History in Structure

This site is entirely user-supported. See how you can help.

Blankney Signal Box

A Grade II Listed Building in Metheringham, Lincolnshire

Approximate Location Map
Large Map »
Street View
Contributor Photos »

Street View is the best available vantage point looking, if possible, towards the location of the building. In some locations, Street View may not give a view of the actual building, or may not be available at all. Where it is not available, the satellite view is shown instead.

Coordinates

Latitude: 53.1386 / 53°8'19"N

Longitude: -0.3905 / 0°23'25"W

OS Eastings: 507763

OS Northings: 361373

OS Grid: TF077613

Mapcode National: GBR GQD.B2D

Mapcode Global: WHGJM.ZC6Q

Entry Name: Blankney Signal Box

Listing Date: 14 August 2013

Grade: II

Source: Historic England

Source ID: 1413991

Location: Metheringham, North Kesteven, Lincolnshire, LN4

County: Lincolnshire

District: North Kesteven

Civil Parish: Metheringham

Built-Up Area: Metheringham

Traditional County: Lincolnshire

Lieutenancy Area (Ceremonial County): Lincolnshire

Church of England Parish: Metheringham St Wilfrid

Church of England Diocese: Lincoln

Find accommodation in
Metheringham

Summary

Signal Box built in 1928 by the London & North Eastern Railway Company to a Great Northern Railway Type 4 design.

Description

Great Northern Railway Type 4 signal box, built in 1928 by the London & North Eastern Railway Company; brick with a slate-covered roof. Later projection to operations room.

EXTERIOR: the signal box is rectangular in plan, with a pitched slate-covered roof, and timber bargeboards and finials. A timber projection to the operations room also has a pitched roof with bargeboards and a finial to the same design. Around the base of the box is a deep brick plinth, with brick work above. The operations room is substantially glazed with replacement window frames designed to replicate the original Yorkshire sashes. These form a continuous run along the north-east side, south-east gable end and part of the south-west side. There are two windows under segmental arches to the locking room in the north-east elevation; these seem to be original. The entrance to the operations room is in the north-west gable end, accessed by metal steps; the door to the locking room is in the south-east gable end. Marks in the brickwork under the windows at this end indicate the position of the brackets which would have supported a walkway. These brackets remain in place in the north-west gable end supporting the timber projecting section.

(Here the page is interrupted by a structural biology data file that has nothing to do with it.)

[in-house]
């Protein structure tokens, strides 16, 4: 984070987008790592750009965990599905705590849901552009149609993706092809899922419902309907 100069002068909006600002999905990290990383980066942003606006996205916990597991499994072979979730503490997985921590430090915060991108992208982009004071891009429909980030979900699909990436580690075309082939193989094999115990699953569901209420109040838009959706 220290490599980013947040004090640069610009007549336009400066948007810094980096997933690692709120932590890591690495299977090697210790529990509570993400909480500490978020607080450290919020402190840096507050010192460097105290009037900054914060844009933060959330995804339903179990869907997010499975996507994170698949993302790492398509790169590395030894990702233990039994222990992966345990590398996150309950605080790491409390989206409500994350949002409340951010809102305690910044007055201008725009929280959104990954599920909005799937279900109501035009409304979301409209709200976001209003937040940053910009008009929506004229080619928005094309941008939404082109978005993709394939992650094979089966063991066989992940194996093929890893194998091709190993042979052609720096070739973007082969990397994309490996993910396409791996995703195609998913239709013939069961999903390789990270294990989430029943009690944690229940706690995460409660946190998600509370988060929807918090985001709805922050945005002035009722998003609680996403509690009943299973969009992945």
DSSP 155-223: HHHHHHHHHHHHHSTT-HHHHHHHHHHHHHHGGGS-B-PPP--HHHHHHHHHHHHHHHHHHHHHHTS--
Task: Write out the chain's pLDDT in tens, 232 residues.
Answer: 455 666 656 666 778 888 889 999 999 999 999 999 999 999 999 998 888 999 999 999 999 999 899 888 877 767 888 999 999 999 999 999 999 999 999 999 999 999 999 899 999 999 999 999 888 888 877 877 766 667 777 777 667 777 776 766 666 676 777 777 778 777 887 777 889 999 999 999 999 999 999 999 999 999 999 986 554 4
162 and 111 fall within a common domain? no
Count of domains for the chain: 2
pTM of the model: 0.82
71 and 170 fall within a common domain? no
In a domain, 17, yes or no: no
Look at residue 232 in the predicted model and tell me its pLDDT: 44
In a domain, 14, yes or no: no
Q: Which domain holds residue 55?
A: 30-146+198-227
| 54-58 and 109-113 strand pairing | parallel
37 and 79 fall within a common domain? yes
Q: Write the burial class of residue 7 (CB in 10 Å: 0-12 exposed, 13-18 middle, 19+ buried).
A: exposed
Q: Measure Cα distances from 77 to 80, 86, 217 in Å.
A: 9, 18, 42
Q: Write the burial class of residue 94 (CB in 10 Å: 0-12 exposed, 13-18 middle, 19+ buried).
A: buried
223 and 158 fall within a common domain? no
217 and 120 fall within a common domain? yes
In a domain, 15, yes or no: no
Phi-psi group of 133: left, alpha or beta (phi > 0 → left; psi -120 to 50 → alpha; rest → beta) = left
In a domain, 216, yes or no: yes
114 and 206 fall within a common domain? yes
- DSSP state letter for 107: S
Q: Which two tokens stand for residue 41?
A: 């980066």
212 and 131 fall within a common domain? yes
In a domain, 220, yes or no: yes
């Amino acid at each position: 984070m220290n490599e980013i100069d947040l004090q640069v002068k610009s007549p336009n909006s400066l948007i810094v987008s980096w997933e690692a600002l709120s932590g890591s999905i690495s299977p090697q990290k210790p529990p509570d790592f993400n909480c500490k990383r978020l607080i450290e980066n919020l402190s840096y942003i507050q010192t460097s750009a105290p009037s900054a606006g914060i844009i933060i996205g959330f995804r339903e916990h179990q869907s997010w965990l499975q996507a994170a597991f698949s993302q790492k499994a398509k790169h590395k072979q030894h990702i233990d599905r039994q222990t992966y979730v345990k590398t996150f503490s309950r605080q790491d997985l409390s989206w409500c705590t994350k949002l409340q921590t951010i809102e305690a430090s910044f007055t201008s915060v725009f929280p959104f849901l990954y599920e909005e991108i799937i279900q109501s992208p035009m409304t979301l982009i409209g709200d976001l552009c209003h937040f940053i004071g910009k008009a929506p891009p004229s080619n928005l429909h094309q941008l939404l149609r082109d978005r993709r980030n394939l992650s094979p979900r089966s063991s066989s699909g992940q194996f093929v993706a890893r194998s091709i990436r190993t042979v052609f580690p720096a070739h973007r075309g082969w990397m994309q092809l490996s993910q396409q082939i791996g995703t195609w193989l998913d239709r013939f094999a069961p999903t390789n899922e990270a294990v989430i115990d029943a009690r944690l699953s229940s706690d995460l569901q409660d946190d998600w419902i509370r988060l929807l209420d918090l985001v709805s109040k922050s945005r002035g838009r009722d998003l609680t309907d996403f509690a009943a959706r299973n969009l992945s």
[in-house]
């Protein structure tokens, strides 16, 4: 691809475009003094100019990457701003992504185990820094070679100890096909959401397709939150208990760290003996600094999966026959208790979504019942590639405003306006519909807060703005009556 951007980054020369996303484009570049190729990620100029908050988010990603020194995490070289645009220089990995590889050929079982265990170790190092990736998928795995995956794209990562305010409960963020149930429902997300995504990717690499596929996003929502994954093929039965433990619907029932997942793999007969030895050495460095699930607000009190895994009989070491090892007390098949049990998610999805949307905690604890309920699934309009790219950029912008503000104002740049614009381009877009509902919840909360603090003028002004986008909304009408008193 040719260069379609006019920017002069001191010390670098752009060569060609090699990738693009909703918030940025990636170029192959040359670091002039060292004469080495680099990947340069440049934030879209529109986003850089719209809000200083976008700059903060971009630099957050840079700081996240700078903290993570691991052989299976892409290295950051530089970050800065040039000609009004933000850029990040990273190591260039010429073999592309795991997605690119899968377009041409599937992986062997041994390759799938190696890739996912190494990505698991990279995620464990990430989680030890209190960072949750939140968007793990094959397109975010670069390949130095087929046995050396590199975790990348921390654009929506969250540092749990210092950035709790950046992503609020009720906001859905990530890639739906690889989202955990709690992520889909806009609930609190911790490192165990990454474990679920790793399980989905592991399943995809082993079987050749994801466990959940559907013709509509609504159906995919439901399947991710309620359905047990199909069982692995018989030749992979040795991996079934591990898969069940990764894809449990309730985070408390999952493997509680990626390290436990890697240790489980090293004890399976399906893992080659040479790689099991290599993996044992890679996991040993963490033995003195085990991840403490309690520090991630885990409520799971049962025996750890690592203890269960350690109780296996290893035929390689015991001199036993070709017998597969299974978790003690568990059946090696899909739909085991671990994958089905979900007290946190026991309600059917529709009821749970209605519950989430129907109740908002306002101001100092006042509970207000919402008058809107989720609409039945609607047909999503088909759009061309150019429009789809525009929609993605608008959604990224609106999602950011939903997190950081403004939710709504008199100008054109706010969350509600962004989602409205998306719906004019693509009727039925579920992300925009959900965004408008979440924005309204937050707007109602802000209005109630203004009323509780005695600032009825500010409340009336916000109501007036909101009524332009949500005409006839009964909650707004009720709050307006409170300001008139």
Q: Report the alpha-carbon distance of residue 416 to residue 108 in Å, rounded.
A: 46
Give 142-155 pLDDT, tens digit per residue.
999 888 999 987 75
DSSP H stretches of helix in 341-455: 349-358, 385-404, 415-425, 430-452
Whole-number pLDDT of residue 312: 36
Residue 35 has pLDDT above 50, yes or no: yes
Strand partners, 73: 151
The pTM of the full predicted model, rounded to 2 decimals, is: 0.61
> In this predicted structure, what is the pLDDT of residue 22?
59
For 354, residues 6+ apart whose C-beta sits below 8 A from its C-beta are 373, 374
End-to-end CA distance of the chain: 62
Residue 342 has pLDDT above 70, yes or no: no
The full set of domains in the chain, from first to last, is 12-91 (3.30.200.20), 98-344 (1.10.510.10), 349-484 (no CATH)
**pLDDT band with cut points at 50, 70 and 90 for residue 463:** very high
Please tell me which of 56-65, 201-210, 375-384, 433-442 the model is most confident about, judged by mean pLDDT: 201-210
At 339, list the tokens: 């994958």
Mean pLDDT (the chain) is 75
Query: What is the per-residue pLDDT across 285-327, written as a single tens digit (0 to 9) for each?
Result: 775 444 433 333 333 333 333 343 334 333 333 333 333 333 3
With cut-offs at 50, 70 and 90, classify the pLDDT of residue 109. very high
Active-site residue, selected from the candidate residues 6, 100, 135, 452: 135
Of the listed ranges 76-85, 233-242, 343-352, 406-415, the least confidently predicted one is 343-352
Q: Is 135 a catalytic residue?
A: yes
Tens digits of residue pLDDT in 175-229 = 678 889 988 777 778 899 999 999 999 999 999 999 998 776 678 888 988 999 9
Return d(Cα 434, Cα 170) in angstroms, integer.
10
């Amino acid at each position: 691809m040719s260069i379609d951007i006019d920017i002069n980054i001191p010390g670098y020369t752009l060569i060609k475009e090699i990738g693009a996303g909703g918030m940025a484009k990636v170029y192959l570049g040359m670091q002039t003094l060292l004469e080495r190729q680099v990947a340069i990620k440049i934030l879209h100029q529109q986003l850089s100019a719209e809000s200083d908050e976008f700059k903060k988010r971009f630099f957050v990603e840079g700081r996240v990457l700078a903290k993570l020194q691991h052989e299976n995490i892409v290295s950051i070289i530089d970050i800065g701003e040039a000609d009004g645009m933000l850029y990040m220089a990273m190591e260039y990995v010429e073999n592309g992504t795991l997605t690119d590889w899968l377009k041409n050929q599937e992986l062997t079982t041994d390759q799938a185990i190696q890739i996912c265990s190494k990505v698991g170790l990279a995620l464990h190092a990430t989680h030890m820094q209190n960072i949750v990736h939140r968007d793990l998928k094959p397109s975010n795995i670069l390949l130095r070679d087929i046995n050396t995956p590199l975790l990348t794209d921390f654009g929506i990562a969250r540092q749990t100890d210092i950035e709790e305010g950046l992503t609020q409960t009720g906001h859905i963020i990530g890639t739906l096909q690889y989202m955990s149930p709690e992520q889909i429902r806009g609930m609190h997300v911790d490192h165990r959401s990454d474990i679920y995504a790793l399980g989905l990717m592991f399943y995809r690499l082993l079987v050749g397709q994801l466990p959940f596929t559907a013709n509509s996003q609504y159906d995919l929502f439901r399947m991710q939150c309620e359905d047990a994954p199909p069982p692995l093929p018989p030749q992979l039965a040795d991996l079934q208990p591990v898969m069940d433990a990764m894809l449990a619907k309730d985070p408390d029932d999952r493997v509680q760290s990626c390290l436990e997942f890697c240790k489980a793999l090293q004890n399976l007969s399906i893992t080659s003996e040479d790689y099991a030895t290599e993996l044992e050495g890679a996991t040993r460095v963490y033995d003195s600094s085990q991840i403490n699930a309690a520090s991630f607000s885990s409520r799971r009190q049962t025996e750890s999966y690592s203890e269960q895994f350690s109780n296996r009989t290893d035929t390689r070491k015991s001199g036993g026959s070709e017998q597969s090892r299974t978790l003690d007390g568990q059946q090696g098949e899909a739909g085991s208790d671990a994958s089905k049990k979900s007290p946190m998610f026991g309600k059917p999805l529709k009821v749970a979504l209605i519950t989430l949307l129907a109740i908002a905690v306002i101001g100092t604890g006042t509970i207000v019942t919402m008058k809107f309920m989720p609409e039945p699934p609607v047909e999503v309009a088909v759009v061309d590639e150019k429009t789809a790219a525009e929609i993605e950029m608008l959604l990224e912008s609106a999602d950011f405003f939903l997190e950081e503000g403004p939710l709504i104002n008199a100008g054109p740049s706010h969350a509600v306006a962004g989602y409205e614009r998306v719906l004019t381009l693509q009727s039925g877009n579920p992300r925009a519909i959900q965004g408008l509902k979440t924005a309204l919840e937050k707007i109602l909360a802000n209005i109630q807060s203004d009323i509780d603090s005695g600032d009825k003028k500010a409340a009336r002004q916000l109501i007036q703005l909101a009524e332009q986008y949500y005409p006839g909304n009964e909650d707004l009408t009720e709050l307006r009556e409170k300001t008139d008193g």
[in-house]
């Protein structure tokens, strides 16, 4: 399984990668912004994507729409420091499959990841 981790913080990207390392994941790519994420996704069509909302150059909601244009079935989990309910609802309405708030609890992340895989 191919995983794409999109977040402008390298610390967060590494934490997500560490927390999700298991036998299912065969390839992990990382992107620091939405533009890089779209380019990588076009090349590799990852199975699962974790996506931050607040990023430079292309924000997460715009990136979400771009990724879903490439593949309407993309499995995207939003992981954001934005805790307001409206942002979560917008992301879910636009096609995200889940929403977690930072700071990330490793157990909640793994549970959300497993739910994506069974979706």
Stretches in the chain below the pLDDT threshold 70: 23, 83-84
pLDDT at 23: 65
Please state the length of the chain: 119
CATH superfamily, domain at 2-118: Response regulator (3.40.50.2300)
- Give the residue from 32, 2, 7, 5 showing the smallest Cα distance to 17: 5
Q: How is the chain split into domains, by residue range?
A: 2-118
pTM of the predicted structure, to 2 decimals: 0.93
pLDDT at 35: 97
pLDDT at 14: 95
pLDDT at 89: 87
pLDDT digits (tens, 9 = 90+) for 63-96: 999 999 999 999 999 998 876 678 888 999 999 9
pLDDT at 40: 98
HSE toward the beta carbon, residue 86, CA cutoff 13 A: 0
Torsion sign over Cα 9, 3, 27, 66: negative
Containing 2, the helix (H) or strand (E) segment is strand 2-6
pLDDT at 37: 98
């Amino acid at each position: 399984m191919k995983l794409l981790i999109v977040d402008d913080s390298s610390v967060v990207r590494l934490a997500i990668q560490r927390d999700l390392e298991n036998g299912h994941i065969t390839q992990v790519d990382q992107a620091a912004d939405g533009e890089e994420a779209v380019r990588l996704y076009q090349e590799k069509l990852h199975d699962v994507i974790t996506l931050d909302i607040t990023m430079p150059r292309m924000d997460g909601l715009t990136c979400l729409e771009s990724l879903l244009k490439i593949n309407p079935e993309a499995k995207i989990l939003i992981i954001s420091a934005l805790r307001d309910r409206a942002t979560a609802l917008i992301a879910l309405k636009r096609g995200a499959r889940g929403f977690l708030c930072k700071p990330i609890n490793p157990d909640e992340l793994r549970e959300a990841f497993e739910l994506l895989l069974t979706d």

INTERIOR: the signal box retains its original frame. A circular cast-iron plate in the locking room has a raised design that includes the words SAXBY & FARMER PATENTEES LONDON, and the company crest, suggesting it may be a second-hand example of this type; however, an alternative identification describes it as a Tyer Direct Tappett frame. The operations room contains a cast-iron wheel with handle, attached to a cast-iron frame, which turns to operate the opening of the crossing gates. The room is not ceiled, but open to the roof, with rafters and collars.

History